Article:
Similarly, several US 80 corridor counties reported multiple four-lane highway miles but counties west of I-65 lacked connectivity to Montgomery County. Counties east of I-65 can rely on I-85 for direct highway access into Montgomery County. Exhibit 7 presents supplier allocations for the US 80 corridor:

Exhibit 7: US 80 Corridor – Current Highway Conditions

Alabama Counties

Total 4-Ln Hwy Miles

Total Continuous Hwy Miles

Supplier Model Allocation

Reallocation Based on Connectivity

Sumter

34

34

3.4

0.0

Marengo

20

0

2.0

0.0

Dallas

40

5

4.0

1.0

Lowndes

45

45

4.5

4.5

Macon

30

30

3.0

3.0

Russell

15

0

0.0

0.0

TOTAL

184

114

16.9

8.5

Source: AECOM Consult Inc. calculations

As indicated, all US 80 corridor counties support four-lane highway access but counties west of I-65 lack continuous highway infrastructure serving Montgomery County. In determining supplier eligibility, the Corridor was divided into two segments: the west segment which included counties between Mississippi and Montgomery County and the east segment which included counties between Montgomery County and Georgia. The model determined supplier eligibilities for both segments assuming current highway conditions. US 80 is presented as a combined corridor including the relevant counties comprising the east and west segments. Based on total four-lane highway route miles, the entire corridor is eligible for 17 suppliers. However, due to the lack of continuous four-lane highway miles, the supplier allocation was recast and the corridor's eligibility was reduced to nine (8.5) suppliers. The potential supplier eligibility foregone for US 80 was eight suppliers. Although US 80 currently supports more four-lane highway mileage than US 43, its two-lane highway segments east of Demopolis (Marengo County) and Selma (Dallas County) will more than likely to deter auto suppliers from locating here.

Counties comprising the 150-mile radius and lacking continuous four-lane highway access could expect very little auto sector development. Moreover, discussions with the auto sector in Alabama as well as other states indicated that four-lane highway access was in most cases a necessary condition to attract auto suppliers. However, highway access cannot be used to compensate for lack of labor, quality of life and other considerations used by auto suppliers that seek rural areas and lower labor costs. As a consequence, the corridor counties have yet to realize the existing development potential (as estimated and presented in Tables 6 and 7); at present there are only two suppliers in the study corridor.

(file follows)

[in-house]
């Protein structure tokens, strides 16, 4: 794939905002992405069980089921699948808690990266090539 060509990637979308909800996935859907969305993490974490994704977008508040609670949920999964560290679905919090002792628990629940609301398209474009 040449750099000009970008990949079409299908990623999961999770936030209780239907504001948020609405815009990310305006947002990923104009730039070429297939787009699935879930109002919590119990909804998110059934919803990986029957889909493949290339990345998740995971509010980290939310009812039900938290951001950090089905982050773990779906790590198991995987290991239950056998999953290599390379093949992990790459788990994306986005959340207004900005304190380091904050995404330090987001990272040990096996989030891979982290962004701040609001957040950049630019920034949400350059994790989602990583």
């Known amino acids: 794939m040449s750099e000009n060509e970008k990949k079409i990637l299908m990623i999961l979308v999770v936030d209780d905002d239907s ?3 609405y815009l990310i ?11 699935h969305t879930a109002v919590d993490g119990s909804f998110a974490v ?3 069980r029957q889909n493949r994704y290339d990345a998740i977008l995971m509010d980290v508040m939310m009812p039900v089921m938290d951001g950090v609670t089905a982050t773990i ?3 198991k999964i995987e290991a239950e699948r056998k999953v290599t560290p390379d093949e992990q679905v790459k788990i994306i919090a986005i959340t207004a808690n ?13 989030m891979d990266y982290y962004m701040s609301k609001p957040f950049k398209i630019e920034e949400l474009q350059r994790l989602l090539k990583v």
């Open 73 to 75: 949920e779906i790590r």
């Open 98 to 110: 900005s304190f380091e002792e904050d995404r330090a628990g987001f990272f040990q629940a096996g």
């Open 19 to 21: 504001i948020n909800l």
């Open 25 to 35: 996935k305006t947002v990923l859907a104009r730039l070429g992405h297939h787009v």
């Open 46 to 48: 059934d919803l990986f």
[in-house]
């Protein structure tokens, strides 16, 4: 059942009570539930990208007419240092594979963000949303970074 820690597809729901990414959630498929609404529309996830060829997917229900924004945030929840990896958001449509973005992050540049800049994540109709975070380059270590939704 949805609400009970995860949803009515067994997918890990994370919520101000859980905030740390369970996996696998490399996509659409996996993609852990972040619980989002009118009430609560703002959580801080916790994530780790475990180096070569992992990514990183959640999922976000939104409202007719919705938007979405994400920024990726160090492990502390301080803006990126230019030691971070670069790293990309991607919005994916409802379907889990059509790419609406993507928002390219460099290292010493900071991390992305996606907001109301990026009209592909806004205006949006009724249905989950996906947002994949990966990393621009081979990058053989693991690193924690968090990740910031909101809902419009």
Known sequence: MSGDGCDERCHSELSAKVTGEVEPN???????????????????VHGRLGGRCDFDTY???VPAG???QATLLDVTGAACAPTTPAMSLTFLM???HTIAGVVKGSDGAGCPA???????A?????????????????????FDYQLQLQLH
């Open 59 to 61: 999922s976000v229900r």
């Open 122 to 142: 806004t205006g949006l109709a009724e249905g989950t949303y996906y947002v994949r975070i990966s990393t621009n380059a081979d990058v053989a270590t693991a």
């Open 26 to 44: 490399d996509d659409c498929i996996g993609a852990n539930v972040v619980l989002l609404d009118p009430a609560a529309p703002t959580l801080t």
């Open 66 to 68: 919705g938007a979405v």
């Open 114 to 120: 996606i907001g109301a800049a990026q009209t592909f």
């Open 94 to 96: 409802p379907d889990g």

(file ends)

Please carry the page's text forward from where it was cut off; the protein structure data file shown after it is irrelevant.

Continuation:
The US 43 & US 80 supplier distributions were recast assuming continuous four-lane highway access along US 43 between I-65 and I-20/I-59, and on US 80 between the Mississippi and Georgia state lines. Exhibit 8 presents the following important developments assuming fully connected, four-lane highway expansion in both Corridors. By making US 43 a fully continuous four-lane highway and assuming four-lane connectivity to Montgomery County via US 80, the US 43 corridor becomes eligible for 17 new suppliers. Assuming that the State expands all of US 80 to four-lanes between Mississippi and Georgia, the Corridor's supplier eligibility increases from nine (rounded value, 8.5 from Exhibit 7) to 25 suppliers. Assuming that the State expands the US 43 and US 80 corridors and fully addresses auto supplier highway connectivity requirements, the supplier distributions were recast (Reallocation Based on Connectivity):

Exhibit 8: US 43 & US 80 Corridors – Supplier Allocations Assuming Connectivity

Alabama Counties

Total Hwy Miles

Total Continuous Hwy Miles

Supplier Model Allocation

Reallocation Based on Connectivity

 

US 43 CORRIDOR

Greene

55

55

5.5

5.5

Marengo

45

45

4.5

4.5

Clarke

40

40

4.0

4.0

Washington

30

30

3.0

3.0

Subtotal

170

170

17.0

17.0

 

US 80 CORRIDOR

Sumter

50

50

5.0

5.0

Marengo

25

25

2.5

2.5

Dallas

45

45

4.5

4.5

Lowndes

45

45

4.5

4.5

Macon

50

50

5.0

5.0

Russell

35

35

3.5

3.5

Subtotal

250

250

25.0

25.0

GRAND TOTAL

420

420

42.0

42.0

Source: AECOM Consult Inc. calculations